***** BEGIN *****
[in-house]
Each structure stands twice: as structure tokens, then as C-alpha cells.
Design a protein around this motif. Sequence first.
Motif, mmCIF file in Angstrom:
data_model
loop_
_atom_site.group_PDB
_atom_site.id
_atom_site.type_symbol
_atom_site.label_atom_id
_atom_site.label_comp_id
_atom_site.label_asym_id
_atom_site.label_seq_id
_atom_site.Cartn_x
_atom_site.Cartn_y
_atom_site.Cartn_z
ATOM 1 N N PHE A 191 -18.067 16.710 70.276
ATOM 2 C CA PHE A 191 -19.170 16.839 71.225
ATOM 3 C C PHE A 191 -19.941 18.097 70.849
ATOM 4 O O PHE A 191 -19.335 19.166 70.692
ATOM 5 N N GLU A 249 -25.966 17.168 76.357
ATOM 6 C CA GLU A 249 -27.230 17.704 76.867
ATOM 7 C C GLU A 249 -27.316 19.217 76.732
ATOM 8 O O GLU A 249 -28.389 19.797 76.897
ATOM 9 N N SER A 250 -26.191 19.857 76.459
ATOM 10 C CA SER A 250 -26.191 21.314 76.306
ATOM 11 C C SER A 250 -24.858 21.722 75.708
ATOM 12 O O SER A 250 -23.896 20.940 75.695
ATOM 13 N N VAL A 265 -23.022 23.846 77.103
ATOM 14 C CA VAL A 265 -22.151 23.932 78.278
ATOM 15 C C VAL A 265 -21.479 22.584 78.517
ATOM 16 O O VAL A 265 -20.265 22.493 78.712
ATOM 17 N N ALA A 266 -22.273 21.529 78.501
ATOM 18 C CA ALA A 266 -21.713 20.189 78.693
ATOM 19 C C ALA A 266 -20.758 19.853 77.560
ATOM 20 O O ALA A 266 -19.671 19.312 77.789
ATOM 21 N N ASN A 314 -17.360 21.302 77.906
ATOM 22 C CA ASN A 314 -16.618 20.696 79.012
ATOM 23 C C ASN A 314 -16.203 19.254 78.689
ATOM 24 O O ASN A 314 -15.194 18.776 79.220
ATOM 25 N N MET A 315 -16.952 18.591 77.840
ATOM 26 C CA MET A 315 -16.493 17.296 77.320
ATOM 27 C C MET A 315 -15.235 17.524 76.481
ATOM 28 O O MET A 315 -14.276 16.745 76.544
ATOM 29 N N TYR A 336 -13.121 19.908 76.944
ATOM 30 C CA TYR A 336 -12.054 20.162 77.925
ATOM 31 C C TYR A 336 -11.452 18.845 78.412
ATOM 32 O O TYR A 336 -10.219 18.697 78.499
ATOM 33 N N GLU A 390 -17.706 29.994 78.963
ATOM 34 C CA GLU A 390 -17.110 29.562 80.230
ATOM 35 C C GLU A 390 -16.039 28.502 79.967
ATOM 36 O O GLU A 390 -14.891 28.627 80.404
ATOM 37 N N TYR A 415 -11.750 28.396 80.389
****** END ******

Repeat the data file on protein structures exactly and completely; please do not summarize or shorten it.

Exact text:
[in-house]
Each structure stands twice: as structure tokens, then as C-alpha cells.
Design a protein around this motif. Sequence first.
Motif, mmCIF file in Angstrom:
data_model
loop_
_atom_site.group_PDB
_atom_site.id
_atom_site.type_symbol
_atom_site.label_atom_id
_atom_site.label_comp_id
_atom_site.label_asym_id
_atom_site.label_seq_id
_atom_site.Cartn_x
_atom_site.Cartn_y
_atom_site.Cartn_z
ATOM 1 N N PHE A 191 -18.067 16.710 70.276
ATOM 2 C CA PHE A 191 -19.170 16.839 71.225
ATOM 3 C C PHE A 191 -19.941 18.097 70.849
ATOM 4 O O PHE A 191 -19.335 19.166 70.692
ATOM 5 N N GLU A 249 -25.966 17.168 76.357
ATOM 6 C CA GLU A 249 -27.230 17.704 76.867
ATOM 7 C C GLU A 249 -27.316 19.217 76.732
ATOM 8 O O GLU A 249 -28.389 19.797 76.897
ATOM 9 N N SER A 250 -26.191 19.857 76.459
ATOM 10 C CA SER A 250 -26.191 21.314 76.306
ATOM 11 C C SER A 250 -24.858 21.722 75.708
ATOM 12 O O SER A 250 -23.896 20.940 75.695
ATOM 13 N N VAL A 265 -23.022 23.846 77.103
ATOM 14 C CA VAL A 265 -22.151 23.932 78.278
ATOM 15 C C VAL A 265 -21.479 22.584 78.517
ATOM 16 O O VAL A 265 -20.265 22.493 78.712
ATOM 17 N N ALA A 266 -22.273 21.529 78.501
ATOM 18 C CA ALA A 266 -21.713 20.189 78.693
ATOM 19 C C ALA A 266 -20.758 19.853 77.560
ATOM 20 O O ALA A 266 -19.671 19.312 77.789
ATOM 21 N N ASN A 314 -17.360 21.302 77.906
ATOM 22 C CA ASN A 314 -16.618 20.696 79.012
ATOM 23 C C ASN A 314 -16.203 19.254 78.689
ATOM 24 O O ASN A 314 -15.194 18.776 79.220
ATOM 25 N N MET A 315 -16.952 18.591 77.840
ATOM 26 C CA MET A 315 -16.493 17.296 77.320
ATOM 27 C C MET A 315 -15.235 17.524 76.481
ATOM 28 O O MET A 315 -14.276 16.745 76.544
ATOM 29 N N TYR A 336 -13.121 19.908 76.944
ATOM 30 C CA TYR A 336 -12.054 20.162 77.925
ATOM 31 C C TYR A 336 -11.452 18.845 78.412
ATOM 32 O O TYR A 336 -10.219 18.697 78.499
ATOM 33 N N GLU A 390 -17.706 29.994 78.963
ATOM 34 C CA GLU A 390 -17.110 29.562 80.230
ATOM 35 C C GLU A 390 -16.039 28.502 79.967
ATOM 36 O O GLU A 390 -14.891 28.627 80.404
ATOM 37 N N TYR A 415 -11.750 28.396 80.389